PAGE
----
It's a long way from Winnipeg to Bollywood.
But for 39-year-old Manitoba-born songwriter, composer, singer, and producer ishQ Bector, the journey transformed his life.
Since 2005, he's been involved on projects with the biggest names in Hindi cinema, including acting superstars Ranbir Kapoor and Shah Rukh Khan. He's discussed songwriting over dinner with Indian musical genius A.R. Rahman. And one of Bector's songs, "Aye Hip-Hopper", became a global hit.
"That's my calling card," Bector told the Straight by phone. "I still get work today because of that song."
Bector, who now lives in Vancouver, shared his remarkable life story with the Georgia Straight in advance of a Zoom workshop that he'll present on Wednesday (August 4) at the Monsoon Festival of Performing Arts.
"It's a very simple format that I want to do with the artists," Bector said by phone. "They submit their music to me in advance. And then in the session, we listen to the music all together."
Bector will offer his review and pass along as much knowledge as he can about the process of creating and releasing music on various digital platforms.
In addition, he plans on sharing best practices and even his personal contacts with playlist creators.
"I am just trying to get the community of independent artists to really understand the space that the industry is in now," Bector said.
"Before, when I was growing up, the gatekeepers were the record companies, right?" he continued. "Now, the gatekeeper is actually the audience because we're the record companies—the artists are the record companies."
That's because nowadays, artists create their own digital properties and market themselves through social-media channels like TikTok and YouTube.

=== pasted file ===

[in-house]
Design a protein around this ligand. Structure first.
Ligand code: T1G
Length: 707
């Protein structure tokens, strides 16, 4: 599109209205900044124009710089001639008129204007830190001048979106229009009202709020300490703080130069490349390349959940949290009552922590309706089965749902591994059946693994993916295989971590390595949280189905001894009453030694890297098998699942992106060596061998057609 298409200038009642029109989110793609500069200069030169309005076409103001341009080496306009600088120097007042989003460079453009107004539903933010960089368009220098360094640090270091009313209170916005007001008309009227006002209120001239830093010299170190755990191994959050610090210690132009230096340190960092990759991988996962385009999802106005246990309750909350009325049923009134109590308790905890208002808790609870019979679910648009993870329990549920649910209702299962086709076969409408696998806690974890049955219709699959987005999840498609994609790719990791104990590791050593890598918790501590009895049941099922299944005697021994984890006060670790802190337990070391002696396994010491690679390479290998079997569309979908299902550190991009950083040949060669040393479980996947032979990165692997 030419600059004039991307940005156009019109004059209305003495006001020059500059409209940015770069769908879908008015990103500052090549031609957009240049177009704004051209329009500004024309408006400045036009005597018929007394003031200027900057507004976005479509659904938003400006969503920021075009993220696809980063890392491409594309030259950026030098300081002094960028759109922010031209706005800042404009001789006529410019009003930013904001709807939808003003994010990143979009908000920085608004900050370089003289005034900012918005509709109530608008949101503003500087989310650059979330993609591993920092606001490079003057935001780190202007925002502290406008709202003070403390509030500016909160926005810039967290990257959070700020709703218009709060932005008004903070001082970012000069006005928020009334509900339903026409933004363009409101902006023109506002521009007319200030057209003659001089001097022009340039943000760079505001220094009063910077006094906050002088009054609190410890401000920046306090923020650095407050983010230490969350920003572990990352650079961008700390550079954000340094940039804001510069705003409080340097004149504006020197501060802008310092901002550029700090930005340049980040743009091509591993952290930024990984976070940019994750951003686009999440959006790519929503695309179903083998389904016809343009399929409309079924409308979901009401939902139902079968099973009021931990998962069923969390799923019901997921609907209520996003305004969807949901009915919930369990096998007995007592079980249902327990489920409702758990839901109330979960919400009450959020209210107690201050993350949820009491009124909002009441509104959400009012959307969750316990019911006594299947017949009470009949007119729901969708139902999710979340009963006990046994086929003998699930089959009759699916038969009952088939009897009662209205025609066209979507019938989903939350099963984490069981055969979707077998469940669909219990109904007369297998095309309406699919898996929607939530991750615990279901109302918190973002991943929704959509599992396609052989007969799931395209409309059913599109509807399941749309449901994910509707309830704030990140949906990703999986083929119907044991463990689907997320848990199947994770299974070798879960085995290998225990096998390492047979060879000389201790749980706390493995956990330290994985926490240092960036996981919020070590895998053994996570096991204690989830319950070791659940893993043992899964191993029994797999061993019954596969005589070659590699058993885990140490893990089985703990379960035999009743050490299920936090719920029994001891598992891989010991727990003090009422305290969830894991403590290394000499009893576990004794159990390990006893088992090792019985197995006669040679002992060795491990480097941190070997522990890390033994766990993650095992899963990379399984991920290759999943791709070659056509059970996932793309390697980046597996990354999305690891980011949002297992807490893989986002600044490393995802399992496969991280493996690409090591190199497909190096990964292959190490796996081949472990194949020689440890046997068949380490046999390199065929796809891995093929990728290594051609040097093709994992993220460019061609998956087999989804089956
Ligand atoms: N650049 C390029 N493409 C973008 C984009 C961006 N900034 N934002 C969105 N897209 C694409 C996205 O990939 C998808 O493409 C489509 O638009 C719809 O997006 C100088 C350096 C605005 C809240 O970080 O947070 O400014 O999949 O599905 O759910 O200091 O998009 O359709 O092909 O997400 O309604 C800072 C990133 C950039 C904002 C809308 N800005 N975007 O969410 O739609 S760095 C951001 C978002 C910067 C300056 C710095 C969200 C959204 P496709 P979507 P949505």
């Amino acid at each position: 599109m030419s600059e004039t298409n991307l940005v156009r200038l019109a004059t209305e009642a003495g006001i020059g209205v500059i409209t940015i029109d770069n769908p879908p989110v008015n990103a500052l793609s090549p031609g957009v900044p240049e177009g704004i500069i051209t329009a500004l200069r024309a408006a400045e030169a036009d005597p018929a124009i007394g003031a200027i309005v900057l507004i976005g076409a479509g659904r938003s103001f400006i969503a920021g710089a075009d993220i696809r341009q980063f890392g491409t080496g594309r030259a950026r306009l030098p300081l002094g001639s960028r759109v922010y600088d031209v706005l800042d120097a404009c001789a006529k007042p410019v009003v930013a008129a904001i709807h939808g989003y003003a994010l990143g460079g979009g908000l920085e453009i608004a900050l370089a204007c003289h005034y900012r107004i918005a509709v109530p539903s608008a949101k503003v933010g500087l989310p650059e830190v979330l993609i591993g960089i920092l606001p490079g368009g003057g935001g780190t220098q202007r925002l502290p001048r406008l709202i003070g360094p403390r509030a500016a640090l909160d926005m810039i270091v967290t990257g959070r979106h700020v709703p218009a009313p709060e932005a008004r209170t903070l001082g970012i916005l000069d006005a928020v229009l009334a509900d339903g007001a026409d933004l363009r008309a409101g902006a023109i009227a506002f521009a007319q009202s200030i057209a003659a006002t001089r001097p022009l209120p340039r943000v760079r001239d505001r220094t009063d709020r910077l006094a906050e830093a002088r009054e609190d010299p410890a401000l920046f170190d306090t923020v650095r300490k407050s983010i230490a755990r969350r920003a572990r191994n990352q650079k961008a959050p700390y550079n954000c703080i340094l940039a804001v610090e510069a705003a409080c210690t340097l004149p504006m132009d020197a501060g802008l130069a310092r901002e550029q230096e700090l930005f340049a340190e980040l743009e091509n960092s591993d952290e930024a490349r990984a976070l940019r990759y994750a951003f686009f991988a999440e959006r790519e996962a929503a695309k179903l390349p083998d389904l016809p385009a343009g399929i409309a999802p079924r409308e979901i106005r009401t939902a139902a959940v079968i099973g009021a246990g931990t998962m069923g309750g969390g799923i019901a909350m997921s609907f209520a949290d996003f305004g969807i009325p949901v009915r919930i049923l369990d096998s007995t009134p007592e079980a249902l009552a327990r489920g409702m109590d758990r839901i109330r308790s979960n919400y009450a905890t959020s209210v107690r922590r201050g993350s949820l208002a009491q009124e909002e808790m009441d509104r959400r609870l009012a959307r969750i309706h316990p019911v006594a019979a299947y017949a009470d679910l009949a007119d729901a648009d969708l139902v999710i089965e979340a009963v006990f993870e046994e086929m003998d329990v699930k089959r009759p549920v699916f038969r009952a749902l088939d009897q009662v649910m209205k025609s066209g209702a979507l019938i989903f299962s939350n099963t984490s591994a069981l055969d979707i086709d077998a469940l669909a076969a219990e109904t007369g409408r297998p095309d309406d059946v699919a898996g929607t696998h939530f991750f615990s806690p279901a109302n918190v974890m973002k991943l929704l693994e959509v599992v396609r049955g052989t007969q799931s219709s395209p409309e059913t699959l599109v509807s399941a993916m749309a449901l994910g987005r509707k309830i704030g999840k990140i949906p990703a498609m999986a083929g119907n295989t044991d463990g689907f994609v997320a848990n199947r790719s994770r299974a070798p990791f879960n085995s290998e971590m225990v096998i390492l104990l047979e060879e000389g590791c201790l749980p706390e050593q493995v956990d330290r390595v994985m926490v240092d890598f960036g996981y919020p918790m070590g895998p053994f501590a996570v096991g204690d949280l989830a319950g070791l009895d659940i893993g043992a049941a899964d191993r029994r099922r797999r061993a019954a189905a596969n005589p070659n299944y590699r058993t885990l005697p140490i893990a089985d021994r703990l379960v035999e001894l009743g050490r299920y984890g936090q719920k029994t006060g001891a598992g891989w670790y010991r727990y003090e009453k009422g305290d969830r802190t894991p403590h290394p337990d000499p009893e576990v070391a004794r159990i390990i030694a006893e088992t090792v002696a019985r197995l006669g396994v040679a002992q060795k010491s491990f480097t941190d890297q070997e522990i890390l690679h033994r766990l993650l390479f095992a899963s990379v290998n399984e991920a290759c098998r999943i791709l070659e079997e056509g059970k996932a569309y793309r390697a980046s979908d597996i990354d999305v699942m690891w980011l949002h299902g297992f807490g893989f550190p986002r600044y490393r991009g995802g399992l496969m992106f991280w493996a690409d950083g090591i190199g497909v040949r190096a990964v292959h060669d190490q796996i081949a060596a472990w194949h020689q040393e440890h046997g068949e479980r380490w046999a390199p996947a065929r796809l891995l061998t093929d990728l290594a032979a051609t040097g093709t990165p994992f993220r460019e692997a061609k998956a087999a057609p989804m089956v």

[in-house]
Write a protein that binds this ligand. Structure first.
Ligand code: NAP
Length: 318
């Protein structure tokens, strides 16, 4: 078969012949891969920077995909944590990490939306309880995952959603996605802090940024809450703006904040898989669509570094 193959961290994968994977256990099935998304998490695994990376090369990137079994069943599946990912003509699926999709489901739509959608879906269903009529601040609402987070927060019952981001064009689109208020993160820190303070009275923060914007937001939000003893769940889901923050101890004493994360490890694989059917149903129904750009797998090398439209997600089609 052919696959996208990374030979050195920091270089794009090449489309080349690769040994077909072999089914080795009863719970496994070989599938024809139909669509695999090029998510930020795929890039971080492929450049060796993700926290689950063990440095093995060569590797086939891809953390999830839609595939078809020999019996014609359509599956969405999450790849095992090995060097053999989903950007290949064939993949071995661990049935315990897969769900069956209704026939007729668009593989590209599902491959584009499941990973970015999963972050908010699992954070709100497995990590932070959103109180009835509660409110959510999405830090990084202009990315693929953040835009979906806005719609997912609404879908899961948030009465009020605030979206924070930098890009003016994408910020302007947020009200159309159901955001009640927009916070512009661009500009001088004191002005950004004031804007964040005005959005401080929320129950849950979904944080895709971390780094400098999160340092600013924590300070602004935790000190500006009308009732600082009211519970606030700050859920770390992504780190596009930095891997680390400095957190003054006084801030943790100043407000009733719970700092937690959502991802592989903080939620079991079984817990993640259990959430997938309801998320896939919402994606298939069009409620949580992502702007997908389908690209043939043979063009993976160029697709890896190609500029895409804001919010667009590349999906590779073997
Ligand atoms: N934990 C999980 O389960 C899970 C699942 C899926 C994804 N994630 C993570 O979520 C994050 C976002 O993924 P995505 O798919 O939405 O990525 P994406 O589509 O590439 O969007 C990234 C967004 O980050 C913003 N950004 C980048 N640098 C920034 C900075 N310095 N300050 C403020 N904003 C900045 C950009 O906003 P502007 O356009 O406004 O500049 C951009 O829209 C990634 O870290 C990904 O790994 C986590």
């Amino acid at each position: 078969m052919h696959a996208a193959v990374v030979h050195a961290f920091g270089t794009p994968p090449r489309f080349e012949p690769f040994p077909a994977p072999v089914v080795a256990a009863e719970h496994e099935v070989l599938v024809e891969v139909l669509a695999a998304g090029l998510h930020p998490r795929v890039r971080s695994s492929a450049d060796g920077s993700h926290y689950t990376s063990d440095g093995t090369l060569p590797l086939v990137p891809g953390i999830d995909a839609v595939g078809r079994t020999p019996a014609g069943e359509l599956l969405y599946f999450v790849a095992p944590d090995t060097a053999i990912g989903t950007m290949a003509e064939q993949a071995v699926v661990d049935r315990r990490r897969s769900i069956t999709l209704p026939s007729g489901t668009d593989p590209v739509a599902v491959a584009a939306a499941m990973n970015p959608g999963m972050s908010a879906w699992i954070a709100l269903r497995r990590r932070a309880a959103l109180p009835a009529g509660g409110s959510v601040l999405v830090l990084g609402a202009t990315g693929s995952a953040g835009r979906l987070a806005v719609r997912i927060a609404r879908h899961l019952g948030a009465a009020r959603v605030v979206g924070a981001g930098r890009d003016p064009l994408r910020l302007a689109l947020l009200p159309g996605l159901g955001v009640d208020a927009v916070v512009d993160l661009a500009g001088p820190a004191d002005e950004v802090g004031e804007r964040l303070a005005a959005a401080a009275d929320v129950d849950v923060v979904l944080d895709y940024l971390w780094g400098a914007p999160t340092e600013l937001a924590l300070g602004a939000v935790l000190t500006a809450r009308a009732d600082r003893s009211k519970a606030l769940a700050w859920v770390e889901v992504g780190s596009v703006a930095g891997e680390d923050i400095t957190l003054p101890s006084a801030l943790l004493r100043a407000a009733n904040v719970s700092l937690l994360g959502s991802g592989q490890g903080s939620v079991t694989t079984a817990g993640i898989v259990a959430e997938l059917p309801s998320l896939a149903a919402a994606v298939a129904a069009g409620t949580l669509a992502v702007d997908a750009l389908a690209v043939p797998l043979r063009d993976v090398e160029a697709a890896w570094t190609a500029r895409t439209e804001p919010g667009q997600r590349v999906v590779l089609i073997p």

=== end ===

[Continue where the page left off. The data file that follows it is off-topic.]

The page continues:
Nightclub singing opened doors
In Canada, Bector graduated from a traditional Chinese medicine school, completing the required number of clinical hours.
Afterward, his father rewarded his efforts by offering to pay for a six-month acting program to enable him to make contacts in the film industry.
Because Bector dreamed of making music for the global Indian community, he made a beeline for Bollywood, which is centred in Mumbai. The biggest songs in India in those days invariably came from cinema.
"All prestigious Indian musicians have to go through Mumbai some time or another," Bector said, quipping that he was "young and dumb enough" to take the chance.
At nights, he would go to clubs and approach DJs. He would tell them that he was a rapper and ask to use the microphone.
On one occasion, he was rapping in a bar and, in his words, "turning the place upside down".
A music director, Salim Merchant, was in the audience and called him the next day. (Salim Merchant and his brother, Sulaiman Merchant, compose music for the Hindi film industry under the name Salim-Sulaiman.)
"I worked with him on a song ["Shaadi Jo Kiya"] for a film by Suneel Darshan," Bector recalled. "It was called Barsaat. It had Bobby Deol, Bipasha Basu, and Priyanka Chopra."
Chopra is familiar to North American TV viewers for her leading role in Quantico and for her marriage to singer Nick Jonas.
After doing the song, Bector returned to Canada for his sister's wedding. That's when he received an invitation to travel to a film shoot in South Africa to make a music video.
Once he arrived, he would hear calls to get the NRI [non-resident Indian] rapper into the DJ booth. That was him.
During the filming, Bector approached the director and respectfully pointed out that he felt underutilized behind the DJ booth. The director responded by offering him an audition on the spot.
"He's like, 'Okay, he doesn't belong behind the DJ booth. Put him on stage.' " Bector said. "From there, I started making more contacts with choreographers and the production unit in that movie."
The lead choreographer on Barsaat was Raju Khan, son of Bollywood choreography titan and director Farah Khan.
Dakku Daddy and Aye Hip-Hopper
Around that time, Universal signed Bector for his first album, ishQ De, which tanked after being released in 2005. His follow-up, Katputtli, didn't fare exceptionally well, either.